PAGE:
November 18, 2008 13:09 ET

Finding and Funding Programs That Close the Achievement Gap an Increased Priority in Times of Shrinking Budgets

PRINCETON, NJ--(Marketwire - November 18, 2008) - In education reform, money matters, but so does wise spending. This is especially important in the current economic slowdown when most states are keeping education spending flat and some are actually making cuts. Solutions to closing the achievement gap will require information on what programs work in light of the costs and benefits of those programs.

The fall issue of ETS Policy Notes, a publication of Educational Testing Service's Policy Information Center, presents highlights from the May 2008 symposium, "School Finance and the Achievement Gap: Funding Programs that Work."

This edition of ETS Policy Notes offers both sobering statistics and encouraging news. ETS Senior Vice President Michael Nettles notes that achievement gaps form early and compound over the course of a child's academic career. However, he adds, some urban school districts have succeeded in narrowing such gaps, citing Austin and Atlanta as examples of school districts that have had some success in closing achievement gaps.

ETS President and CEO Kurt Landgraf says, "Reforming how education dollars are spent is necessary but difficult, especially in today's economy. In order for us to continue to make strides in closing the achievement gap, we must choose cost-efficient programs already proven to work over time."

Co-sponsored by the Education Law Center and the Consortium for Policy Research in Education (CPRE) at the University of Pennsylvania, ETS's 10th Achievement Gap Symposium provided a forum for discussion among political, academic and legal experts from across the country to advance their efforts to ensure that education resources are used effectively and efficiently. Participants explored the relationship between school finance and academic achievement, examined issues in resource allocation and accountability, highlighted programs that successfully close gaps, and examined the costs and benefits of those programs.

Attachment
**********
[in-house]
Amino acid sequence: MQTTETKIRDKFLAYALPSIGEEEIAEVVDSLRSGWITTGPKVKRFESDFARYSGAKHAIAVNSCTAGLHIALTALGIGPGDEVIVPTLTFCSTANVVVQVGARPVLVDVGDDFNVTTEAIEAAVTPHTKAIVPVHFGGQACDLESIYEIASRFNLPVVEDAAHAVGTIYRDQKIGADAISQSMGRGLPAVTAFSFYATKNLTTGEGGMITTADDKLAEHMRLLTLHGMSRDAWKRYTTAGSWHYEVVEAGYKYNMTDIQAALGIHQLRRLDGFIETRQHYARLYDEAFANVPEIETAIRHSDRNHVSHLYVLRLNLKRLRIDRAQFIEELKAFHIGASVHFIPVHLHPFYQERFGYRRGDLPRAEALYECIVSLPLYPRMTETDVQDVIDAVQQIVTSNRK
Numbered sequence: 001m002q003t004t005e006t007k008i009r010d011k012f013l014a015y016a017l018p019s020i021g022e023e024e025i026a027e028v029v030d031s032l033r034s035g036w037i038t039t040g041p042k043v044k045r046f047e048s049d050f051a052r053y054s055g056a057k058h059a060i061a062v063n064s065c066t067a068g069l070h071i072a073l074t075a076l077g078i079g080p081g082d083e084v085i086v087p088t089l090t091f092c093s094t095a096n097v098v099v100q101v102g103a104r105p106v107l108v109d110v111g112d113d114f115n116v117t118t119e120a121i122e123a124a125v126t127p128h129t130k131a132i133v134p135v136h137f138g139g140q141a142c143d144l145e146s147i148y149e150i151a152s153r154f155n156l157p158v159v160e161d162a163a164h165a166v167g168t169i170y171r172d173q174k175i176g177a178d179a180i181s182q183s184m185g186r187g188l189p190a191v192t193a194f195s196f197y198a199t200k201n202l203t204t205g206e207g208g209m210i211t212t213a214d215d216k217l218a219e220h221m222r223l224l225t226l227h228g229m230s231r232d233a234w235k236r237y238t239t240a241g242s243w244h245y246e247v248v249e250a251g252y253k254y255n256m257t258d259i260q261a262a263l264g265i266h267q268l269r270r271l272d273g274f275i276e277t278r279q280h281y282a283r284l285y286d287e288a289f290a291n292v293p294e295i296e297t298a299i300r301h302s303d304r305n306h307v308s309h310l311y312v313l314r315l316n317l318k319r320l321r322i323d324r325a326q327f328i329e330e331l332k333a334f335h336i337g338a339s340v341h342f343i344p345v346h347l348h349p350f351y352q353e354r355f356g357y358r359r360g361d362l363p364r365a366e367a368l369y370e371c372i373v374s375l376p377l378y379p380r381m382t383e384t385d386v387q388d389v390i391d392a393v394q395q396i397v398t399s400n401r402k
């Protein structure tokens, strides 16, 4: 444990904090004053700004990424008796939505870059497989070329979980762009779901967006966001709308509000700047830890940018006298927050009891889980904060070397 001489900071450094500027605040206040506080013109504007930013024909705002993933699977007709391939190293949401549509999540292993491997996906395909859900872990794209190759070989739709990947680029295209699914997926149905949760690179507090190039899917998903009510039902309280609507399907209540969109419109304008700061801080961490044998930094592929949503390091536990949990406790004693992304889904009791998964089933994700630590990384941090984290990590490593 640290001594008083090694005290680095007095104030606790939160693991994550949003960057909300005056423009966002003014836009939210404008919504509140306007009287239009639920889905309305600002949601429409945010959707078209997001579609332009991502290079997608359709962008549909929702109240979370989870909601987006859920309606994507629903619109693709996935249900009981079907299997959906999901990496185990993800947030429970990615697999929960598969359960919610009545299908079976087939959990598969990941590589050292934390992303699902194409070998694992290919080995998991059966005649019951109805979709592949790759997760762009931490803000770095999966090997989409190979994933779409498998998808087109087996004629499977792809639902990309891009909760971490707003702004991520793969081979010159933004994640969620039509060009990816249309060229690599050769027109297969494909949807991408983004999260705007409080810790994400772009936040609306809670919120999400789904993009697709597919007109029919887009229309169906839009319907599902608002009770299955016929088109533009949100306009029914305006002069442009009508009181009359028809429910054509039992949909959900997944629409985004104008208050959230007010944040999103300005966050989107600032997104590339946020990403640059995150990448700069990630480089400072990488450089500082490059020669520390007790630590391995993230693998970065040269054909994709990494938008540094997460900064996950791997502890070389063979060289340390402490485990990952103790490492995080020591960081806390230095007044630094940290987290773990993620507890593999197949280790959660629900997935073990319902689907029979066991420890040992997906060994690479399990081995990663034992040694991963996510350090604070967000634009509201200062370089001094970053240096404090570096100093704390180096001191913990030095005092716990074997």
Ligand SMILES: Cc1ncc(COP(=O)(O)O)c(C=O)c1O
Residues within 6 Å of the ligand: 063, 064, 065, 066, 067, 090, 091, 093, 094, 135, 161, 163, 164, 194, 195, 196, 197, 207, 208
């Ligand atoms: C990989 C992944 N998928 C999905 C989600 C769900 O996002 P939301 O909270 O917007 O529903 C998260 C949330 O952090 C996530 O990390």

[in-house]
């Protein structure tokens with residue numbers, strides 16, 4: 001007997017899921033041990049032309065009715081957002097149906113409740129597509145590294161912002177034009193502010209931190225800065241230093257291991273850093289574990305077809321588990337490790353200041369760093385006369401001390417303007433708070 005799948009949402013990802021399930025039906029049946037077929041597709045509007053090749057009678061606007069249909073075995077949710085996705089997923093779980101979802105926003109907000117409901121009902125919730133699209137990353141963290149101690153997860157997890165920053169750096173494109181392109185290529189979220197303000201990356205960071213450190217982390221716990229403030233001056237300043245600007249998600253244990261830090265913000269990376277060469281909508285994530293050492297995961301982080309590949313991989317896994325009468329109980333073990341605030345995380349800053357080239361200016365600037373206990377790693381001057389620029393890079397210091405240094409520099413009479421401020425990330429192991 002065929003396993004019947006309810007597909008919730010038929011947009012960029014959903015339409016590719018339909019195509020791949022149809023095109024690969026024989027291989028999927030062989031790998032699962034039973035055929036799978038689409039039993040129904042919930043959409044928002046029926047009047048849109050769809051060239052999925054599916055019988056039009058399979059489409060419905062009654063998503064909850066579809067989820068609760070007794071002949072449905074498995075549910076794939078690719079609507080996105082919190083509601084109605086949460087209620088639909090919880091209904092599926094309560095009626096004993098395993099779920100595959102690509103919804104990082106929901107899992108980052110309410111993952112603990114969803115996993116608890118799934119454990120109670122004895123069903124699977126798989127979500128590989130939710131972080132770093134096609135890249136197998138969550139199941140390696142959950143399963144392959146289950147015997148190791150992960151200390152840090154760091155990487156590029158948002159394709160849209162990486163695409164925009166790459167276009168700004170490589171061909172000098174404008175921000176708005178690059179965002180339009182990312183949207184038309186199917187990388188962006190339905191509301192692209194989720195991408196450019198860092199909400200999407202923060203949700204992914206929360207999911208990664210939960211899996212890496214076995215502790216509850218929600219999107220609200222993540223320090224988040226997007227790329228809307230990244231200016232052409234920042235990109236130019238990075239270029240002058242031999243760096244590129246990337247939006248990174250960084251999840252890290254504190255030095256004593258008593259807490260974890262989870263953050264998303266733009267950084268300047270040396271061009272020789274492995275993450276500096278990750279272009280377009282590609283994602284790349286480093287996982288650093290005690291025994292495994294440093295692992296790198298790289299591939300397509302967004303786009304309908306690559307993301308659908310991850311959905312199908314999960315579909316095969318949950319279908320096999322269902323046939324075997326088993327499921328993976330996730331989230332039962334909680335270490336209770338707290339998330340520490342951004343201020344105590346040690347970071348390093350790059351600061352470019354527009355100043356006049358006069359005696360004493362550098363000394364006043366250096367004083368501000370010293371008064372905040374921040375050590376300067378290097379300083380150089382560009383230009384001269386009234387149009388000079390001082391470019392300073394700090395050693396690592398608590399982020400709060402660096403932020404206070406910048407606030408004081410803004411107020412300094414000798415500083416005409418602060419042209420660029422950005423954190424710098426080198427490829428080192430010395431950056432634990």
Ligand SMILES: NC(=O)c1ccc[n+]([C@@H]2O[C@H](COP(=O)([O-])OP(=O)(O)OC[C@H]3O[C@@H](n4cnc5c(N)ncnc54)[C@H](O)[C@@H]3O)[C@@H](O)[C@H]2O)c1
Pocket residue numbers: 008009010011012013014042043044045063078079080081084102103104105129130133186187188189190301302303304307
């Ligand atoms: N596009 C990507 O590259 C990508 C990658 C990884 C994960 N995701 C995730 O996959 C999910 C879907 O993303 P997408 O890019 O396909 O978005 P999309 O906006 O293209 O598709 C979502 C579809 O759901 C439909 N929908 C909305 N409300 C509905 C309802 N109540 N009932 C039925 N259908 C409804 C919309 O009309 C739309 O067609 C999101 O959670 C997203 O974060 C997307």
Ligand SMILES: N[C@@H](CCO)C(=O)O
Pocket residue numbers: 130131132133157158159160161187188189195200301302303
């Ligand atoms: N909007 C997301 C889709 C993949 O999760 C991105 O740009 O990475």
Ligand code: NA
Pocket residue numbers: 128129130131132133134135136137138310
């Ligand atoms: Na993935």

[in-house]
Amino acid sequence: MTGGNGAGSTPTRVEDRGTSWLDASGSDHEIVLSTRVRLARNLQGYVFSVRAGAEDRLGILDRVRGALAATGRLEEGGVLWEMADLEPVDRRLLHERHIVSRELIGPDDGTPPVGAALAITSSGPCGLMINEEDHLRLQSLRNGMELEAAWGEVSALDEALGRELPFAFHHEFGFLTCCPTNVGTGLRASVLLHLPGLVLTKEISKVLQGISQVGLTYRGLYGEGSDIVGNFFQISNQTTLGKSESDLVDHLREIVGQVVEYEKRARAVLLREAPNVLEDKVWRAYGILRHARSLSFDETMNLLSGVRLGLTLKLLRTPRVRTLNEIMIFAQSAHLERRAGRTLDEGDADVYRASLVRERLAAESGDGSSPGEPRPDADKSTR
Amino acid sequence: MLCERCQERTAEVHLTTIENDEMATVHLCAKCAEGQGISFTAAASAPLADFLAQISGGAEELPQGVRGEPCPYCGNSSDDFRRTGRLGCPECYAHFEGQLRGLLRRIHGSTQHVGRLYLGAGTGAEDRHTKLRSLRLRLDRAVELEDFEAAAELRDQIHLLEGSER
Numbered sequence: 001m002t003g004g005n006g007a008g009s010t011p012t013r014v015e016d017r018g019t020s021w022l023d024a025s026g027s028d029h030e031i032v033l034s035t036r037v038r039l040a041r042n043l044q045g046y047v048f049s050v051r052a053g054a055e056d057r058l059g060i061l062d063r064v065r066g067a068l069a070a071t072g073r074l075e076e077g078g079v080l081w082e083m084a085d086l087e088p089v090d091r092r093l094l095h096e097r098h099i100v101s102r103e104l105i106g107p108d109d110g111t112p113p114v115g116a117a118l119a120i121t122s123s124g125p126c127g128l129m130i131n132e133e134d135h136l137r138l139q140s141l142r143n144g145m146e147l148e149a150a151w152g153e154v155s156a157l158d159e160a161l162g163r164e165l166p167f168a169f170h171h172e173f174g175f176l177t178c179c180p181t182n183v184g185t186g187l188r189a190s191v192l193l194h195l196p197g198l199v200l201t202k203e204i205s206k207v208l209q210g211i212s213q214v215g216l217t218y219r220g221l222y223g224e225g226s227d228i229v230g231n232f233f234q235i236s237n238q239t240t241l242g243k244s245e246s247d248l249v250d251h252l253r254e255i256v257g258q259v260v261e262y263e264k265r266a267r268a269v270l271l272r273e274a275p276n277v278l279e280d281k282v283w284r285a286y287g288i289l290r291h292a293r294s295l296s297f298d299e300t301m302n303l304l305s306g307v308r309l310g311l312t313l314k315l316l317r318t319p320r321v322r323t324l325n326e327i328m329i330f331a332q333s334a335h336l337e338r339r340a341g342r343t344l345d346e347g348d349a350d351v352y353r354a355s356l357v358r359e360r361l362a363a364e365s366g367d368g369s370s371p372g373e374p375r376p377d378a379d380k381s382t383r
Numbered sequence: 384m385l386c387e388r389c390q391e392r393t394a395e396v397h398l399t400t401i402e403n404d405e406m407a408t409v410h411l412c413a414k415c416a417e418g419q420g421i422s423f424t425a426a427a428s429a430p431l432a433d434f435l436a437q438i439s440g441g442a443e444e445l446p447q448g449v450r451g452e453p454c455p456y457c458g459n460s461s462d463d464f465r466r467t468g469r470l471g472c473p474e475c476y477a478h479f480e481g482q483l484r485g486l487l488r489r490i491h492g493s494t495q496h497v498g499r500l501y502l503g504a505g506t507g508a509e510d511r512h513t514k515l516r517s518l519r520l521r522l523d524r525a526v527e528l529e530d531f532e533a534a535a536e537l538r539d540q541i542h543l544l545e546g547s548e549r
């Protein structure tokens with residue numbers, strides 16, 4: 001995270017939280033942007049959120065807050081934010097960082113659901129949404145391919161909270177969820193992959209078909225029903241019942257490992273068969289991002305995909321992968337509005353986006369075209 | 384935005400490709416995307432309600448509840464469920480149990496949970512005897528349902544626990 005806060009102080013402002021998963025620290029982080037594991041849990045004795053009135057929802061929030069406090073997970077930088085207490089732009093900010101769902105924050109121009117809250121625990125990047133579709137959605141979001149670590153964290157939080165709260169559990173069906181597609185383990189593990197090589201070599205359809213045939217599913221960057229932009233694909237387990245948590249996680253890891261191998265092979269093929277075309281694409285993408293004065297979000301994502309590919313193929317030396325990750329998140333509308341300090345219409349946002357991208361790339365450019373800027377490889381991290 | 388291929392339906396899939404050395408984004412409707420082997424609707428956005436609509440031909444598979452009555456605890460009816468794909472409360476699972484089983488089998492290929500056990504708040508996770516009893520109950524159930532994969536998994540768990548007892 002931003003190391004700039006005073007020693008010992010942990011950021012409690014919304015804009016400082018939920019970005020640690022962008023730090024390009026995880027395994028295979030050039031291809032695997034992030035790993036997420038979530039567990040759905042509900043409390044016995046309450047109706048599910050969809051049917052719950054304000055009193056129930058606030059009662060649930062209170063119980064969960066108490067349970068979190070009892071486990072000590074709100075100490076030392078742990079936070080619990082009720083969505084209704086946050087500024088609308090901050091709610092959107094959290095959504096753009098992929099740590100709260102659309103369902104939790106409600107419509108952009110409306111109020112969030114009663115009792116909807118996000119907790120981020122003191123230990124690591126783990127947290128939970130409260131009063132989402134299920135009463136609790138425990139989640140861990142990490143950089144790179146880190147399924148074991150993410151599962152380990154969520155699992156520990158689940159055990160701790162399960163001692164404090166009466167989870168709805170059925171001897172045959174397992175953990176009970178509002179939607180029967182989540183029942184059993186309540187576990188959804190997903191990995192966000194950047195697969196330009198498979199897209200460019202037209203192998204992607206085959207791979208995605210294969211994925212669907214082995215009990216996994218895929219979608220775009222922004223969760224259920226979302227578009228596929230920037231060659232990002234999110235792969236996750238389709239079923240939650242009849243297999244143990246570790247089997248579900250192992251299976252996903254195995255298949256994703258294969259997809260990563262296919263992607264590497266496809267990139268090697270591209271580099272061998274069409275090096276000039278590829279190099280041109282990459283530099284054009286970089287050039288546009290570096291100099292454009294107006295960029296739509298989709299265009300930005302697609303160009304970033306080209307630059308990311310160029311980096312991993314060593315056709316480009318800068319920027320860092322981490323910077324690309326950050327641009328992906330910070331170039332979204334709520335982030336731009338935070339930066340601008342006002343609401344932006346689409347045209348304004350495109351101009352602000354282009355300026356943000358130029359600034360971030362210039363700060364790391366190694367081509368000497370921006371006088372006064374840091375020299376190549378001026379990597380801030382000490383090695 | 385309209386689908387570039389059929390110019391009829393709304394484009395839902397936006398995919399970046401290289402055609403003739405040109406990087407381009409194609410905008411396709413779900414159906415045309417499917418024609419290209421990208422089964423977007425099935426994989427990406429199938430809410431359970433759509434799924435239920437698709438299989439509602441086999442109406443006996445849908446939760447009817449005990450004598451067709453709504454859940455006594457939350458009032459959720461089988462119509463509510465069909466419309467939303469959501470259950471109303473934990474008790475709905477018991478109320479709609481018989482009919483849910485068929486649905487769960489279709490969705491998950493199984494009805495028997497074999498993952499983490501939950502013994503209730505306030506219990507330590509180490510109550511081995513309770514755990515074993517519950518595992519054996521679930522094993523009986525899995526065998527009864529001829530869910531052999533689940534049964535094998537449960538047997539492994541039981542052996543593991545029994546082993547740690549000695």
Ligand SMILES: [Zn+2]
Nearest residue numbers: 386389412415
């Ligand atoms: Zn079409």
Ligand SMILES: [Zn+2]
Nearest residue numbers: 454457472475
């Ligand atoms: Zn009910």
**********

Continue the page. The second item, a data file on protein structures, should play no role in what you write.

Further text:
Symposium sessions looked at school finance issues from the state, local, legislative and policy perspectives. Margaret Goertz, co-director of CPRE, traced the role of public funding as it relates to an adequate education. Jacob Adams Jr., education professor, Claremont Graduate University, followed Goertz's presentation with some creative solutions to the funding dilemma.

Professor Arthur Reynolds, director of the long-term study of the Chicago Child-Parent Center's early education program outlined "What We Know" about effective Pre-K and elementary-school programs, and Manpower Demonstration Research Corporation (MDRC) researcher Janet Quint did the same for effective secondary school programs. The final session, "Reflections on Where We Are and Where We Want to Go," moderated by Angelo Falcón, President of the National Institute for Latino Policy, provided a look at the challenges and possibilities that lie ahead.

Other symposium participants included:

--  Paul Reville, Massachusetts Secretary of Education
--  Molly Hunter, head of Education Justice, a national initiative
    of the Education Law Center, Newark, N.J.
--  Frieda Lacey, Deputy Superintendent of the Montgomery County
    School District, Maryland
--  Henry Levin of Teachers College, Columbia University
--  Clive Belfield of Queens College, City University of New York
--  Michael Griffith, a school finance analyst at the Education
    Commission of the States
--  Ronald Cowell of the nonprofit Education Policy and Leadership

Download the complete fall issue of ETS Policy Notes, supporting materials and symposium presentations for free at Free print copies, while supplies last, are available from the Policy Information Center, ETS, MS 19-R, Rosedale Road, Princeton, N.J. 08541-0001; by calling (609) 734-5949; or by sending an e-mail to

About ETS

ETS is a nonprofit institution with the mission to advance quality and equity in education by providing fair and valid assessments, research, and related services for all people worldwide. In serving individuals, educational institutions and government agencies around the world, ETS customizes solutions to meet the need for teacher professional development products and services, classroom and end-of-course assessments, and research-based teaching and learning tools. Founded in 1947, ETS today develops, administers, and scores more than 50 million tests annually, in more than 180 countries, at over 9,000 locations worldwide. Additional information is available at